Georgia tech crew
History of GT Crew
Georgia Tech Crew was founded in 1985 and has been growing ever since. We invite you to read about how it all began and the events along the way that got us to where we are now. All of the historical information was gathered and compiled by Slim Jim Price in the year 2001. Hopefully, we'll be adding to this history soon...
Present day Georgia Tech Rowing was officially started in spring 1986 with the charter of the Rowing Club. The founder and first team president, Michael May, was a track and Cross-Country Runner, who had no eligibility left under NCAA rules. After being introduced to rowing while co-oping in Huntsville, AL, he and his roommate Mark Turner started to row out of the Atlanta Rowing Club. At ARC, they met the people who would ensure GT Crew’s success: Jeff and Debbie McKenna. Debbie and Jeff would coach, employ, row with, and lead the very few rowers whom comprised the small team. The team first got money from the Student Foundation for used boats and used oars – thus giving Tech Crew its first equipment.
The first season, fall ’86 / spring ’87 surprised the rowing world with a novice men’s four that medalled in almost all regattas entered and finished 6th at the national championship regatta, Dad Vails.
Fall 1987 the team was able to purchase two new boats through a bill passed through the Student Government Association.
The next year, spring 1988, Tech Crew was given a gift: John Hunter. Mr. Hunter was a devout Tech supporter; in fact he was the first non-alum to serve on the advisory board. He fell in love with the team and he agreed to sponsor GT Crew on St. Andrews church land and fund a boathouse. He worked with the Reverend E. Peter Ludden from the church to start the rowing center and gather support from the congregation to donate the land. One of the reasons why Tech Crew was able to get support from the church was they agreed to help start a high school rowing program: the Saint Andrew’s Rowing Club (SARC), named after the church.
Summer 1988, Mr. Hunter donated materials and one contractor to build the dock and boathouse –he didn’t donate the dock and the boathouse outright. The team worked together to build everything under the guidance of the contractor.
Fall 1988, SARC started with great success and high participation sharing equipment with GT Crew. In spring 1990 the high school and college programs were officially separated.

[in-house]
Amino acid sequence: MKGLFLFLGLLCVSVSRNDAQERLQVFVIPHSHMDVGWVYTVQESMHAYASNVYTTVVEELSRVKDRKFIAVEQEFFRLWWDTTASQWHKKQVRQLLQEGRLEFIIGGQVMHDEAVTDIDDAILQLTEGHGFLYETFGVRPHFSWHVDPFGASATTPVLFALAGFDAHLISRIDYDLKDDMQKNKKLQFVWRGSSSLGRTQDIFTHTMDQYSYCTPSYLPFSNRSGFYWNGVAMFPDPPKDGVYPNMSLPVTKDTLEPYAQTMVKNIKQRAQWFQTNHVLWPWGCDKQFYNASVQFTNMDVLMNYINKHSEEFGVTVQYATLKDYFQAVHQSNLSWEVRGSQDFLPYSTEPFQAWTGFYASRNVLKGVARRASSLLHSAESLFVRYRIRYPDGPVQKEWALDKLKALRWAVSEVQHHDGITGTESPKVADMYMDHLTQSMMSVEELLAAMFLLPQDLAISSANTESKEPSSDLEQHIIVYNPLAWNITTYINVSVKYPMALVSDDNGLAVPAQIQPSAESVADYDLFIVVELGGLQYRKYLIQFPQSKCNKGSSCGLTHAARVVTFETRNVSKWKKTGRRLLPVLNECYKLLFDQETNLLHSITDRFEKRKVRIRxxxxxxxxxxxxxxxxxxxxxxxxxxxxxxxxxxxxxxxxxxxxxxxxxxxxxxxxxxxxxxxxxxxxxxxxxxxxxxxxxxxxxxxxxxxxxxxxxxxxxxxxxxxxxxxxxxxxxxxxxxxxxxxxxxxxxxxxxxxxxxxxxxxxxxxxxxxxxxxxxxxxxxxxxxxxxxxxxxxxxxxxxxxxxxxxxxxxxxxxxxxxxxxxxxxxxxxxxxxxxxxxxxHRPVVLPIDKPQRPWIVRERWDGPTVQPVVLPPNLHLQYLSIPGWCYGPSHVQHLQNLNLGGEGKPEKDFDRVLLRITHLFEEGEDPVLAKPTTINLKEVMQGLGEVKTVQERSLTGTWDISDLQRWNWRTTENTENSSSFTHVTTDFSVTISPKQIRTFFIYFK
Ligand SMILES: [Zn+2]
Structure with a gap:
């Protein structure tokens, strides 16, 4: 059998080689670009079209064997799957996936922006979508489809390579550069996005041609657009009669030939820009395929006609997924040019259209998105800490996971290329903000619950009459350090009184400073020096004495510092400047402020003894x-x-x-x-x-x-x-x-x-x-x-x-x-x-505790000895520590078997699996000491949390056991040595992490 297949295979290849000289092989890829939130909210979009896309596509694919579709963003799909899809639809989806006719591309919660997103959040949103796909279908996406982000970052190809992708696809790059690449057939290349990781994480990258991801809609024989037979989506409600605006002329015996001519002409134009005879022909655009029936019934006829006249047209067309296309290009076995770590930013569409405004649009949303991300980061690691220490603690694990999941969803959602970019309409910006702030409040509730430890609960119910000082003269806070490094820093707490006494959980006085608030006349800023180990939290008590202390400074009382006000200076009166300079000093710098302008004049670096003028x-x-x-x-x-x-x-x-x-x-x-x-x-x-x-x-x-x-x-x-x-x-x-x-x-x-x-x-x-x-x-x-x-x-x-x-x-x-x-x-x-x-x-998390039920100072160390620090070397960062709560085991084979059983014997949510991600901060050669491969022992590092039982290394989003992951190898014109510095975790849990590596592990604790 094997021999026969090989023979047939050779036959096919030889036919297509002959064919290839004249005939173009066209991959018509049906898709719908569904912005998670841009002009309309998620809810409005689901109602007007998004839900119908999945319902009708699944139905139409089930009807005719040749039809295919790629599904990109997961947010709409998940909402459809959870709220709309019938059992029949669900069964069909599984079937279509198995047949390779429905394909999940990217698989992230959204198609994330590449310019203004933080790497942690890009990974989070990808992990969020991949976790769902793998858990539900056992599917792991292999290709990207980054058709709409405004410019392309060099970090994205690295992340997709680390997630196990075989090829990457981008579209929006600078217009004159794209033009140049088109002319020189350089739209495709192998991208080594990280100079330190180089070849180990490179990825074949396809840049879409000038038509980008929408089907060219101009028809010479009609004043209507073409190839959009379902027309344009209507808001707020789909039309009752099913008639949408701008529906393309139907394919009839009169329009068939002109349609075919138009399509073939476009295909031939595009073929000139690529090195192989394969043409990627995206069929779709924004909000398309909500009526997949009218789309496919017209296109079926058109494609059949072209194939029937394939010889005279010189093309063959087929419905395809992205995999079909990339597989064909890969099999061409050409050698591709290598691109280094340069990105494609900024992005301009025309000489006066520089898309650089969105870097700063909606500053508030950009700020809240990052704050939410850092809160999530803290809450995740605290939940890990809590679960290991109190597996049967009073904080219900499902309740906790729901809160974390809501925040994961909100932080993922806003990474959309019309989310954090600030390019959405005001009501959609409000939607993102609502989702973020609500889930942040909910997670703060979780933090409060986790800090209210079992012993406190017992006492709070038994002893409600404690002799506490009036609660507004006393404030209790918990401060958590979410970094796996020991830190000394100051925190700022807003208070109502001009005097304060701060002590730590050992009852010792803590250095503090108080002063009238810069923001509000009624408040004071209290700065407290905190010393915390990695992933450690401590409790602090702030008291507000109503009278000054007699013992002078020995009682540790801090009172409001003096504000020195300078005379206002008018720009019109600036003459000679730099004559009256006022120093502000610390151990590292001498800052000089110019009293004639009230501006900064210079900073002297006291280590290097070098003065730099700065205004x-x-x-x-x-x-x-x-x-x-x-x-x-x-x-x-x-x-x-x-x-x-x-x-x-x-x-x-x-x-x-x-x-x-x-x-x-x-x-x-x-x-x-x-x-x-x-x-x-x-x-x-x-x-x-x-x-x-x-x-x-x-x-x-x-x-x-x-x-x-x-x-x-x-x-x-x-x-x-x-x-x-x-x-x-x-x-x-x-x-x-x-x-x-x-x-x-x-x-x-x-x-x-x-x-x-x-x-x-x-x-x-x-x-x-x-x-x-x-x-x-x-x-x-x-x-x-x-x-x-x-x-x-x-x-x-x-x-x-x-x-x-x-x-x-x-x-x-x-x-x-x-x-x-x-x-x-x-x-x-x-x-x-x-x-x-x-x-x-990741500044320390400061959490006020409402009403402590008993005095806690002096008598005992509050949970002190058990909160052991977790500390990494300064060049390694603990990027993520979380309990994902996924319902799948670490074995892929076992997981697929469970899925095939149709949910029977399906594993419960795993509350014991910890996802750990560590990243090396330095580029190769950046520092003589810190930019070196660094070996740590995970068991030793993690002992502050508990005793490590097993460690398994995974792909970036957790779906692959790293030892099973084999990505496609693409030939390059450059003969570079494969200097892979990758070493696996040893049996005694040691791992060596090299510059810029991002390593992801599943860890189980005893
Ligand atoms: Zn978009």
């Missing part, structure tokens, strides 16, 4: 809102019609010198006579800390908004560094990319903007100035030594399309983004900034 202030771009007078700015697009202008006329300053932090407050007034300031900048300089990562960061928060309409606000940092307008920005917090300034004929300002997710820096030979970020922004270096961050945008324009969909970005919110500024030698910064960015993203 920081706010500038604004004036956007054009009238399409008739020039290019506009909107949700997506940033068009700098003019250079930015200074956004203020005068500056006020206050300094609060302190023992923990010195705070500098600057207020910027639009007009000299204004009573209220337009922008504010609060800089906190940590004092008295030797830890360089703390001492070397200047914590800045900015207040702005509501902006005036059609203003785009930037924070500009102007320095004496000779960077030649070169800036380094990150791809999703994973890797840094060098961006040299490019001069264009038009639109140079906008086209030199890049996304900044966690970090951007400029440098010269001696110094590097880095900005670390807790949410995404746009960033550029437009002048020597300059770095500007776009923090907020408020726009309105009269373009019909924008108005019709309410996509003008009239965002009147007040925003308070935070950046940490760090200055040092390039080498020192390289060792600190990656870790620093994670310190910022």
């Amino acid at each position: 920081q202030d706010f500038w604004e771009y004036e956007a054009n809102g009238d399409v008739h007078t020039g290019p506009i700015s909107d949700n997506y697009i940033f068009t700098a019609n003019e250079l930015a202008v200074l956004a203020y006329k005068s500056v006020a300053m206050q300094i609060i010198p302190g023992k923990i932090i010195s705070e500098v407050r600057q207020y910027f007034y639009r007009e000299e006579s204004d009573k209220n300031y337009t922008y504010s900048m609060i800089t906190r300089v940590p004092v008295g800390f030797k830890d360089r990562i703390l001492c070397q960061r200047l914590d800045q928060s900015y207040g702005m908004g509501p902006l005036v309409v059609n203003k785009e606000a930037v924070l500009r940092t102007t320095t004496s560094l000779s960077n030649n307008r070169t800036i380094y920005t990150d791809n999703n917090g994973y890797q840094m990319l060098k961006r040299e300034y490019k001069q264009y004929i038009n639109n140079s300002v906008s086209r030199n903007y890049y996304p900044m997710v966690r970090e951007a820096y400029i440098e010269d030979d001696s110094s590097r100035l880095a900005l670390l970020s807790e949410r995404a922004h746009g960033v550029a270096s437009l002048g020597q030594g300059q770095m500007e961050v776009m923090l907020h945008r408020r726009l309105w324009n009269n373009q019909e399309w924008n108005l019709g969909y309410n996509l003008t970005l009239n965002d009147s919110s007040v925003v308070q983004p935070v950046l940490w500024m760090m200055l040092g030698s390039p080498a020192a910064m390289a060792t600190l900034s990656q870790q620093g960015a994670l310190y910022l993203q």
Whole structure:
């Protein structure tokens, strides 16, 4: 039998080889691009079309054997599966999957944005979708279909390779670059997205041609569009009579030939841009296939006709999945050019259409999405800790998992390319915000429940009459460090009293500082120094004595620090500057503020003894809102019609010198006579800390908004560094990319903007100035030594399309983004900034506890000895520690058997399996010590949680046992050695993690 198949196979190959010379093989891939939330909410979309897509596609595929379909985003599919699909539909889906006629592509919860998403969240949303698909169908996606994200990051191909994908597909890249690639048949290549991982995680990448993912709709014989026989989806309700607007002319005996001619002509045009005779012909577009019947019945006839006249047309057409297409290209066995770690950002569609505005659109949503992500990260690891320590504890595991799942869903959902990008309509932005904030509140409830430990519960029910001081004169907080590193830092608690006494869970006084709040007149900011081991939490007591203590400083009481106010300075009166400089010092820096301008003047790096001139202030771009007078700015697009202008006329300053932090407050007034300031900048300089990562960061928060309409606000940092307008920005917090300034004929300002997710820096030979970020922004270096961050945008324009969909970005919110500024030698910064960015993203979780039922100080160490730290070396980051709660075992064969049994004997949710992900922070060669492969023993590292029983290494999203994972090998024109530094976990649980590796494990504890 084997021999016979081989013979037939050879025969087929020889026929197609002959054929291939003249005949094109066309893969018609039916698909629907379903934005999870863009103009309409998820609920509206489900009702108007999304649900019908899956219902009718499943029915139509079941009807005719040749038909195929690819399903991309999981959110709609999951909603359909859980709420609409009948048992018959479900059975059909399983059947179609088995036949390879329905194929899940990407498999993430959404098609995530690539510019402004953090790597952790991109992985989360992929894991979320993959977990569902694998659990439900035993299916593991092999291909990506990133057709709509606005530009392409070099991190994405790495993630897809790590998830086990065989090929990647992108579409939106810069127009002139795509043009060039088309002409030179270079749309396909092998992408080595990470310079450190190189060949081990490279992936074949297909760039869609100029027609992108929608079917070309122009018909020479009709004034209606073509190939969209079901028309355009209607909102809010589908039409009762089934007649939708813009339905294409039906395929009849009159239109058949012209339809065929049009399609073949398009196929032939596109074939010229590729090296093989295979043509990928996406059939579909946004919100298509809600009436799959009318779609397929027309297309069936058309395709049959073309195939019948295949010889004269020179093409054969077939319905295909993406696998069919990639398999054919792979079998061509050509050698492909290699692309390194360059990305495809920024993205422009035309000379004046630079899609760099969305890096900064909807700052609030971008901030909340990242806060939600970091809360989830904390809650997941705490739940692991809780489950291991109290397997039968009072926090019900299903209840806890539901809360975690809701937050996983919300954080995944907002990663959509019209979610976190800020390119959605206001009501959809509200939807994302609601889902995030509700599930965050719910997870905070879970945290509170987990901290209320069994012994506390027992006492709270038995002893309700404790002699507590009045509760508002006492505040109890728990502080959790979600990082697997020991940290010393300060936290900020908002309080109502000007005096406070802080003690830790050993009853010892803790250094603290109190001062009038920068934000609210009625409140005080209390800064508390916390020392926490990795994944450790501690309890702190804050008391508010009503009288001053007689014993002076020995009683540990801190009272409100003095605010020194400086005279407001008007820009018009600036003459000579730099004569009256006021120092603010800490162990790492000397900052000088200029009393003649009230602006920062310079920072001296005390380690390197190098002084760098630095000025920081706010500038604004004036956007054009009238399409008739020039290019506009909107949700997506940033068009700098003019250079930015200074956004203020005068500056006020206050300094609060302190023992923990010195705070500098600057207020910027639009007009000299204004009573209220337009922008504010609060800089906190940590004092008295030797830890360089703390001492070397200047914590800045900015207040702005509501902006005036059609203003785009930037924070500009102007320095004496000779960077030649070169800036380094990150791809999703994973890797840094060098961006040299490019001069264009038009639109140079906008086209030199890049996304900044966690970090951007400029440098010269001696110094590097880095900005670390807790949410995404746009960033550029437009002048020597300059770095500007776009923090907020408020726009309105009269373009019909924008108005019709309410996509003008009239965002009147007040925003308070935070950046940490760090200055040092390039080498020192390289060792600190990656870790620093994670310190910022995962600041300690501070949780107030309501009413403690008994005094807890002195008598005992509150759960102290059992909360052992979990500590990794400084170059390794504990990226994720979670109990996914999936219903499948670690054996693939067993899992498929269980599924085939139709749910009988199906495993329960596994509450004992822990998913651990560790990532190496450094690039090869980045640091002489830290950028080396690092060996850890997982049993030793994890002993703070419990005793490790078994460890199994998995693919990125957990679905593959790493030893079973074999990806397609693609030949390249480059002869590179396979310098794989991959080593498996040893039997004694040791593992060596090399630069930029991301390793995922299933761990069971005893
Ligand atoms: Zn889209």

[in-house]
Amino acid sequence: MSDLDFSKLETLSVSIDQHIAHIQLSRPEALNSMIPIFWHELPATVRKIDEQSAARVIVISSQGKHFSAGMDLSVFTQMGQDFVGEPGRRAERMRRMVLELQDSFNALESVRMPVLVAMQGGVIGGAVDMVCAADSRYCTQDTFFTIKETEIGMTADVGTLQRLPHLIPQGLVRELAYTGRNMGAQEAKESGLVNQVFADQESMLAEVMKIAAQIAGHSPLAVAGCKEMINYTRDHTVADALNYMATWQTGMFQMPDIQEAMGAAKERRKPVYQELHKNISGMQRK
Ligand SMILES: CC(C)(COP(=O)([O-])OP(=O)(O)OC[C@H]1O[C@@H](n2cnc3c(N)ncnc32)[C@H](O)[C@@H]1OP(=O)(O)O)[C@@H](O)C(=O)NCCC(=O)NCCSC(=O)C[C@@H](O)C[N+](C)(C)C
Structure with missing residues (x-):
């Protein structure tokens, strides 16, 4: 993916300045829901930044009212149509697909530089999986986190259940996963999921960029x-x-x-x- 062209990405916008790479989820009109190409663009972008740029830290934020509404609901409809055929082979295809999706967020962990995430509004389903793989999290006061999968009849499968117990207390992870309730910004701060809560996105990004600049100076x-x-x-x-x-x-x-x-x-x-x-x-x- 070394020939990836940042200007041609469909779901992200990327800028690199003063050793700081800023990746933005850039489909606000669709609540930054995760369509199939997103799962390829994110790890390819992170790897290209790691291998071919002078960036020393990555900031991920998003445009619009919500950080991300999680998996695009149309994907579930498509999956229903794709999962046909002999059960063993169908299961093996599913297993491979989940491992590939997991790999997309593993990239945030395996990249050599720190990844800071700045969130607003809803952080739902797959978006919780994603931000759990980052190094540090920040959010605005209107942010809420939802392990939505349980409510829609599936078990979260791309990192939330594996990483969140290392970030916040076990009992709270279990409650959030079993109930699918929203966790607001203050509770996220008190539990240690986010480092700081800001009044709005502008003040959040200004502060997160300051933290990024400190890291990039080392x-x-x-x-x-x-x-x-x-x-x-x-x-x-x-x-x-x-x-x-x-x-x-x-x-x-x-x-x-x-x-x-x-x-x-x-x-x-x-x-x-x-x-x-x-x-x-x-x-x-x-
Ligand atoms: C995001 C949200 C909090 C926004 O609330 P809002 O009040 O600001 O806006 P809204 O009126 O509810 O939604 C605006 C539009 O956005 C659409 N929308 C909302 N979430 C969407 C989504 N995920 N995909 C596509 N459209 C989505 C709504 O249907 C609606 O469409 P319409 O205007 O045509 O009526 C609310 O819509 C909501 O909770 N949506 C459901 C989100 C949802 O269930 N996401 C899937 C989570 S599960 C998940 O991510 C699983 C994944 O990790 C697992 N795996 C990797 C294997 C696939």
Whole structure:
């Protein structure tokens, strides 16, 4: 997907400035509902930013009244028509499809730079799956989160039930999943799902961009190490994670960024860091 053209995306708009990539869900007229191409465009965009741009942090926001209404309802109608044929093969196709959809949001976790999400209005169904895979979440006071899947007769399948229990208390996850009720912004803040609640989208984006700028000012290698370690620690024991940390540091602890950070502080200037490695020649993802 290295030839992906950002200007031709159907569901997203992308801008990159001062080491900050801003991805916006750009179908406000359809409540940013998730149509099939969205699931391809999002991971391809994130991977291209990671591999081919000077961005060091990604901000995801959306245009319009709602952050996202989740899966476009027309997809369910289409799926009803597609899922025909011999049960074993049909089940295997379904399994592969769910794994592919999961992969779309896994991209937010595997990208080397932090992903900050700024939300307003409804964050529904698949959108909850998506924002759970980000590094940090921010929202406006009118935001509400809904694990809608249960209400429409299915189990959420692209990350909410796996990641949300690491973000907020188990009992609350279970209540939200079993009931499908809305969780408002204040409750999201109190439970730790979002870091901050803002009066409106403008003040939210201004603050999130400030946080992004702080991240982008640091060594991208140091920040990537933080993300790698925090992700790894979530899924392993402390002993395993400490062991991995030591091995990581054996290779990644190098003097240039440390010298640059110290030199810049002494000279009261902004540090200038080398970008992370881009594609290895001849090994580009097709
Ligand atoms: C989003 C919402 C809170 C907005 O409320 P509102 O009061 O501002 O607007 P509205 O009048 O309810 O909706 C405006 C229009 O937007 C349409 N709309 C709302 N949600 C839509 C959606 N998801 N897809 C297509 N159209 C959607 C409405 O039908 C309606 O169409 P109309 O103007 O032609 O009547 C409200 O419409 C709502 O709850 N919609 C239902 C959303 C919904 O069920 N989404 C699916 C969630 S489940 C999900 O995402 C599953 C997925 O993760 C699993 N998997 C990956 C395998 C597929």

The Crew team steadily grew the next couple years and in the 1992/93 season, the men’s team saw a dramatic change: their lightweight eight stepped up as a force to compete among the top teams in the nation. They were the first to medal at Dad Vails (3rd), the national championships for smaller teams. The most competitive teams such as those from the Ivy League schools compete in other regattas such as the IRA regatta. They were also the first to medal at Champion (2nd), another more prestigious regatta where they competed among some Ivy League Schools. From their two top finishes in highly regarded regattas – it is easy to say that they finished among the top ten lightweight eights in the nation, a feat never accomplished before in Tech Crew History.
The team’s next big accomplishment occurred in spring 1996 with an overall third place finish at the Dad Vail regatta. Both the varsity and novice men’s lightweight eights placed second. In addition, the varsity women’s lightweight four and novice women’s open four placed third, the best season for both the women’s team and for the team overall.
Traveling to the Dad Vails, the team had a trailer accident where most of our boats were destroyed. Some members of the team that were in the van towing the trailer were taken to a local hospital as a safety precaution. Despite the University’s command of canceling the whole trip and sending everyone back home, the team instead traveled to Vails, placing third. The team was placed under suspension and no boats were allowed to be rowed fall 1996.